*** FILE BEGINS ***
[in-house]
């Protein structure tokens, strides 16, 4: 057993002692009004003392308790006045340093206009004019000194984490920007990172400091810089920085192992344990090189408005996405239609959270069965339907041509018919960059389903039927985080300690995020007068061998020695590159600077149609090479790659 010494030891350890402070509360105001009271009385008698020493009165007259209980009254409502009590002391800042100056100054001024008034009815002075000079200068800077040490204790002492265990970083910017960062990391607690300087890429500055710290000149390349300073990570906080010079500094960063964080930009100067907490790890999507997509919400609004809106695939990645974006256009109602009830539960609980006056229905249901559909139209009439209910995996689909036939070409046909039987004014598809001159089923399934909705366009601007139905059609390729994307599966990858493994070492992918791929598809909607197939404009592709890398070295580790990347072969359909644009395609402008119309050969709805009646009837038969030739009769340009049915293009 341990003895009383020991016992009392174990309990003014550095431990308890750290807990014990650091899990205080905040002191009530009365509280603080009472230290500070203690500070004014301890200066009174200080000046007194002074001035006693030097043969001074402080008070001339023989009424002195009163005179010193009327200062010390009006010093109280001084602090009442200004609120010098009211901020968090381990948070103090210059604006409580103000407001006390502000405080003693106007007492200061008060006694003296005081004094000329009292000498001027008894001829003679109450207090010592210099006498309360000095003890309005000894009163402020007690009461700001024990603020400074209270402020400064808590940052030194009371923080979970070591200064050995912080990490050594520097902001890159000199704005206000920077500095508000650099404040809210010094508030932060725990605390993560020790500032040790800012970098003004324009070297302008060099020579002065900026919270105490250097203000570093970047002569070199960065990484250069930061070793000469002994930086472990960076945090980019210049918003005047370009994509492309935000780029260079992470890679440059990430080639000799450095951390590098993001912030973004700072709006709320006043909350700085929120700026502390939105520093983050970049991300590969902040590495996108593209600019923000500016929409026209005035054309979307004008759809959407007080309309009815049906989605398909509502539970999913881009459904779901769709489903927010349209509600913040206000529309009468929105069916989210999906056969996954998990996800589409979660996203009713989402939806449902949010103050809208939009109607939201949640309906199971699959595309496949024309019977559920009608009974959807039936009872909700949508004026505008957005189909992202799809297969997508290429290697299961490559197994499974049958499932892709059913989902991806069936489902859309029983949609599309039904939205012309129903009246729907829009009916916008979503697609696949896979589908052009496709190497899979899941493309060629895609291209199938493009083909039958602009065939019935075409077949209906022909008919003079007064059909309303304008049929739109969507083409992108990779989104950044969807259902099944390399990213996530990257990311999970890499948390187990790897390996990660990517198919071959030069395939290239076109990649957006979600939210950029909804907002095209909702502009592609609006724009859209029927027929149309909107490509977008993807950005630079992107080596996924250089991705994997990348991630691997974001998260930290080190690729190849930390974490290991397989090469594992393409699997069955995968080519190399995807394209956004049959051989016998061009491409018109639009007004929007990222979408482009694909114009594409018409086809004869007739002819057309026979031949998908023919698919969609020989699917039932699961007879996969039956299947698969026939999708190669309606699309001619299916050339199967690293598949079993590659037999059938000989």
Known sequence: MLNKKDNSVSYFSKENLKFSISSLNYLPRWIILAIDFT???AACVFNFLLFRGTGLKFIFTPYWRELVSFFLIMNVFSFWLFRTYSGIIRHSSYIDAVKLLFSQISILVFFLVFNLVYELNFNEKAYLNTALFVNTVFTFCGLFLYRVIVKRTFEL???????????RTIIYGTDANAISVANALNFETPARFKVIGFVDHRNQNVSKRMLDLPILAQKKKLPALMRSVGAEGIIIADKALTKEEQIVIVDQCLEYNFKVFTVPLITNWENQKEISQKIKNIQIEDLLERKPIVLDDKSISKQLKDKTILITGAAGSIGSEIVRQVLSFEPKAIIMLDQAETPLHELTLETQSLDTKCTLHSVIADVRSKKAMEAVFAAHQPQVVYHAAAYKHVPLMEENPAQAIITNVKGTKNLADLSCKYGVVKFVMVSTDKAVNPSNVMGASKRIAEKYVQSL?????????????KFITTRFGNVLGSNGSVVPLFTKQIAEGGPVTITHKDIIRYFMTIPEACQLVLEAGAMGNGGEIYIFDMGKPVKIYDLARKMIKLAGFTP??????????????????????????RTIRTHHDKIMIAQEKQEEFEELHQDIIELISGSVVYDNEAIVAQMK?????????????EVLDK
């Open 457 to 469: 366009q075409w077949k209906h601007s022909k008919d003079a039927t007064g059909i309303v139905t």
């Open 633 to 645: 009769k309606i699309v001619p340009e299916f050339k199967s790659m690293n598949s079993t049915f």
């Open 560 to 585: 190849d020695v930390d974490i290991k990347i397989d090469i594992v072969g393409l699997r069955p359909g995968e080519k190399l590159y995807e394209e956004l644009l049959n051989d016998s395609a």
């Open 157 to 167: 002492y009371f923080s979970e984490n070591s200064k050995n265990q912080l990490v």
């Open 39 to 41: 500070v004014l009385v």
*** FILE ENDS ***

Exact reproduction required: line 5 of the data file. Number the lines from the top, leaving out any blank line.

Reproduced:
């Open 633 to 645: 009769k309606i699309v001619p340009e299916f050339k199967s790659m690293n598949s079993t049915f």